At the end of the course, your grade in the course will be determined by your instructor based on your course total and the following approximate scale. (Borderline cases will be decided by other factors such as attendance or participation.)
A 90%, A- 85%, B+ 80%, B 75%, B- 70%, C+ 65%, C 55%, C- 50%, D 45%
Binghamton University follows the recommendations of public health experts to protect the health of students, faculty, staff and the community at large. Safeguarding public health depends on each of us strictly following requirements as they are instituted and for as long as they remain in force. Health and safety standards will be enforced in this course.
Current rules make face coverings optional, but when they are worn, they should completely cover both the nose and mouth while indoors (unless they are eating or alone in a private space like an office). A face shield is not an acceptable substitute. Classroom safety requirements will continue to be based on guidance from public health authorities and will be uniformly applied across campus. If these requirements change, a campus-wide announcement will be made to inform the University.
You are expected to spend about 12.5 hours per week on average for this class, including in-class lectures, watching instructional videos, solving homework problems (graded and ungraded), reviewing the material, and preparing for the tests. Expect the work load to be higher than average in the weeks before the exams.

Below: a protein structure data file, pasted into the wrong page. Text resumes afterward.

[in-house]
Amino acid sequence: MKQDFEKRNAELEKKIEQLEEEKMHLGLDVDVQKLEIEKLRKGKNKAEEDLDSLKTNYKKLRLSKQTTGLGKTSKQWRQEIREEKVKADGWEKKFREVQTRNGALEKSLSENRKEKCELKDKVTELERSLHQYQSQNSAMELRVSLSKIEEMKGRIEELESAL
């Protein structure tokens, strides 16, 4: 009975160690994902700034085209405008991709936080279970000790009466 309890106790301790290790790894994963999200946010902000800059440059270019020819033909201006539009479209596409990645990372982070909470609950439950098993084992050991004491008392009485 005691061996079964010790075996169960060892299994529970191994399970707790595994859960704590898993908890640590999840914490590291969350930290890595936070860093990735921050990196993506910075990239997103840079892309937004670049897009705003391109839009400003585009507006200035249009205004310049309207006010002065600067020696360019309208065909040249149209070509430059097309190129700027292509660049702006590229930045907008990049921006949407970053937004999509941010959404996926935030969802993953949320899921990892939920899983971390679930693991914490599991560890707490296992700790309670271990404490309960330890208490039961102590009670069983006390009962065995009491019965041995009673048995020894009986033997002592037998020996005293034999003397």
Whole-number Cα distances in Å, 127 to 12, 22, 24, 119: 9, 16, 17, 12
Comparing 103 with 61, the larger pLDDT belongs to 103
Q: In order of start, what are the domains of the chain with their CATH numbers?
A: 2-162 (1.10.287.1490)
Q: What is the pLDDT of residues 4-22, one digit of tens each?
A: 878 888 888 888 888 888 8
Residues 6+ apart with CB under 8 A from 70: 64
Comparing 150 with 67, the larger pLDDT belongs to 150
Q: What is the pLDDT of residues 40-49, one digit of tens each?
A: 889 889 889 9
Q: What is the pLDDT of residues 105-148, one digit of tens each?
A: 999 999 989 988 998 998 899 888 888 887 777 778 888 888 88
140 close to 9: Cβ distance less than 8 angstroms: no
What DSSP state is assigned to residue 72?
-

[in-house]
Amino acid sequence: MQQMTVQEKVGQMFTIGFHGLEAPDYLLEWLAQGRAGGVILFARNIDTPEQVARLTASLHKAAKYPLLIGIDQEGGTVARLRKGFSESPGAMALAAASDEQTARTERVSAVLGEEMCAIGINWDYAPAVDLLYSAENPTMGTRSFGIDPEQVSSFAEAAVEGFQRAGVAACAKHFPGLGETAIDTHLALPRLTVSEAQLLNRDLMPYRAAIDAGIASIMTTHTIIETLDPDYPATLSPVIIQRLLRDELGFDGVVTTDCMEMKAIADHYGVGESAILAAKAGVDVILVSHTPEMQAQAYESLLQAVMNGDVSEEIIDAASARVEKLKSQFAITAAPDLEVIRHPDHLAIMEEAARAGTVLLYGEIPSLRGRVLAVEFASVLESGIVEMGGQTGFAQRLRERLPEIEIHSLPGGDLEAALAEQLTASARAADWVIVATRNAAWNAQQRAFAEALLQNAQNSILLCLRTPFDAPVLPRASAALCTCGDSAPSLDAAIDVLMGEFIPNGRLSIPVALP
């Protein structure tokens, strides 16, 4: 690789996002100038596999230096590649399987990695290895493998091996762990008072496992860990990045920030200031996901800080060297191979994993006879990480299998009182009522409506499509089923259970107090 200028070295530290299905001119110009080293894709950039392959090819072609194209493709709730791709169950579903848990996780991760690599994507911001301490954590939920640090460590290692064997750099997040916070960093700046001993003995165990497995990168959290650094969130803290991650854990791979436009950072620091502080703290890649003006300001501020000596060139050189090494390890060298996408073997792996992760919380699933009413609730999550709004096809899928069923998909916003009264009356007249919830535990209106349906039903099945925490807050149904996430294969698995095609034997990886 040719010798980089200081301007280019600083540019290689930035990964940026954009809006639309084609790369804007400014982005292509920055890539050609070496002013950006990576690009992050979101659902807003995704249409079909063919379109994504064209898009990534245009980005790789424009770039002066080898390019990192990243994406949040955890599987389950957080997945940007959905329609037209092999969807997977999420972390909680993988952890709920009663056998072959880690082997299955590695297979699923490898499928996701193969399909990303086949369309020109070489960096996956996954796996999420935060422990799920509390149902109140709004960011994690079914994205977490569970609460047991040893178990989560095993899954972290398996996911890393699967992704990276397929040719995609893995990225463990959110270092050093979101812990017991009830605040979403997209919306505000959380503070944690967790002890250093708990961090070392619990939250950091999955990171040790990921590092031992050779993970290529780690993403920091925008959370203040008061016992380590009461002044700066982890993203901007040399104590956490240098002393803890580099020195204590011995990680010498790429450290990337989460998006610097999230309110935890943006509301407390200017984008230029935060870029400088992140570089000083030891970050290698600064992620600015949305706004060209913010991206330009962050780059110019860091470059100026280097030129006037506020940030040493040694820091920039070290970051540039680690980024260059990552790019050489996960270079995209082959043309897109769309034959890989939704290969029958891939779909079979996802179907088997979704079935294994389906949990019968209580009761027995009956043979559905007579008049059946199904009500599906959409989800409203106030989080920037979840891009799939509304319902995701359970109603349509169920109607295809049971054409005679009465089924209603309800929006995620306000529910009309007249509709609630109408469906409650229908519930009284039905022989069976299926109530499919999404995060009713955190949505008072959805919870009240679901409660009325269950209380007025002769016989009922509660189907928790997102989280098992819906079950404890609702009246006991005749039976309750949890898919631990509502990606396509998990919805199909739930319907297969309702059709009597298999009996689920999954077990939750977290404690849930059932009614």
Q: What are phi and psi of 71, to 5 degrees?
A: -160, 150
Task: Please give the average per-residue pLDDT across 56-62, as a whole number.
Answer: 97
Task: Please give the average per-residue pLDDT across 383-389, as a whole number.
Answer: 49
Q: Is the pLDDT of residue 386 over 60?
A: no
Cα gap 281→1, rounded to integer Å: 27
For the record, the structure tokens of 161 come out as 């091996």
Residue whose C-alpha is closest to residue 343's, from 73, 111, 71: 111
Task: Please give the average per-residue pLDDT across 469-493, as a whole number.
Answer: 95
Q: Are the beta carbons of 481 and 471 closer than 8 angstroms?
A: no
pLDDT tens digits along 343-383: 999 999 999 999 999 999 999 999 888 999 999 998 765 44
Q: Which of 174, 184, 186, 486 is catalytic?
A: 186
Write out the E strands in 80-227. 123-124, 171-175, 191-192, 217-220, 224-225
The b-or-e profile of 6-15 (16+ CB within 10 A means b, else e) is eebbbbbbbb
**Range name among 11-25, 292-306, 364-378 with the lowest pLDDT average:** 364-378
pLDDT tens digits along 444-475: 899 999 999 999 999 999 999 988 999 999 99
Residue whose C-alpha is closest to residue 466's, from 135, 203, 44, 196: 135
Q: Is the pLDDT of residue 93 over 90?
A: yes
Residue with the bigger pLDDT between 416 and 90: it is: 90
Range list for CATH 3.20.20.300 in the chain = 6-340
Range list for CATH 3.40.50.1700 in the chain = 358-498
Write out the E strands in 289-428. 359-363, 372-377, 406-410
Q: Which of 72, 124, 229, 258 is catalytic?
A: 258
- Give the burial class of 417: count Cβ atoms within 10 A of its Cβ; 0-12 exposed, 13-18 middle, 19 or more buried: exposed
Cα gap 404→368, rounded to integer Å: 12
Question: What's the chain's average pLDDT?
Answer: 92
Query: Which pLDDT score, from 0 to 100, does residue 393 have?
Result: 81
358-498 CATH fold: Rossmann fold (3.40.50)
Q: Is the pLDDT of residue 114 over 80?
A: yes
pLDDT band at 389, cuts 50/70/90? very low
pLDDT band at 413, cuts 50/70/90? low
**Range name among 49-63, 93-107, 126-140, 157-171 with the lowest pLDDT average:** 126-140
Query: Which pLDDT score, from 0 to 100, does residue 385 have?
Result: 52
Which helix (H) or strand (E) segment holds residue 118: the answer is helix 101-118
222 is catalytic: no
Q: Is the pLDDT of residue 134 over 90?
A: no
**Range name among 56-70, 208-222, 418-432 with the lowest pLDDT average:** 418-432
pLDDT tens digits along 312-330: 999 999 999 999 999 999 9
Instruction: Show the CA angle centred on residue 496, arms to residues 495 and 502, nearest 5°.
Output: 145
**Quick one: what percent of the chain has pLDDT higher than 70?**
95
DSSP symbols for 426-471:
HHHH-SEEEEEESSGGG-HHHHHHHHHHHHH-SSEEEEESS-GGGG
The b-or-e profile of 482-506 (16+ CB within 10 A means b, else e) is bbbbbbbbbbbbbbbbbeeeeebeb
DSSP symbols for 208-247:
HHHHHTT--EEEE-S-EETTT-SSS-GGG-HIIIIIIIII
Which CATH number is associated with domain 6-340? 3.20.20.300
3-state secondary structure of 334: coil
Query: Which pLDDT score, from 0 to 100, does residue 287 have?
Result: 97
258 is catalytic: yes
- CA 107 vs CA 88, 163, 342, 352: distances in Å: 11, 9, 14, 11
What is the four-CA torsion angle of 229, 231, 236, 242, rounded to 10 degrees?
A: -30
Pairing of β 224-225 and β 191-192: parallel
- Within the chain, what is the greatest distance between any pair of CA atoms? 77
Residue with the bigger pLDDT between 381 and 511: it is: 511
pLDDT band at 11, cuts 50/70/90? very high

During classes all students are expected to participate in a way that maximizes their learning and minimizes disruptions for their classmates. If you have any concerns, limitations, or circumstances, please communicate with your instructor to find the most appropriate solution.
For all graded assignments and exams, you are not allowed to use any help not explicitly authorized by your instructor. This includes, but is not limited to, problem-solving websites, notes, help from other people, etc. All instances of academic dishonesty will be investigated, penalized, and referred to the appropriate University officials for maximal possible punishment. Cheating will not be tolerated.
If you fall behind in class, or need extra help to learn the material, talk to your instructor as soon as you can. They should be able to help you and also point you to other resources. We also encourage you to talk to your classmates, and, in particular, to form informal study groups to prepare for the exams.
If you have a disability for which you are or may be requesting an accommodation, please contact both your instructor and the Services for Students with Disabilities office (119 University Union, 607-777-2686) as early in the term as possible. Note: extended time for the examinations may require special scheduling.
The table below contains suggested problems from sections of our additional textbooks in the format “Chapter:Section.Subsection.ProblemNumber”. Your instructor may suggest other problems or exercises. These problems are for practice only and are not to be turned in.
The order in which material is presented in class meetings will be determined by your instructor, and may not precisely follow the order of topics below.
|Introduction, preview, examples; linear combination||Hefferon Ch. 1, I.1||1:I.1.17,19,21|
|Gaussian elimination (reduction)||Hefferon Ch. 1, I.1||1:I.1.22,24,27,32|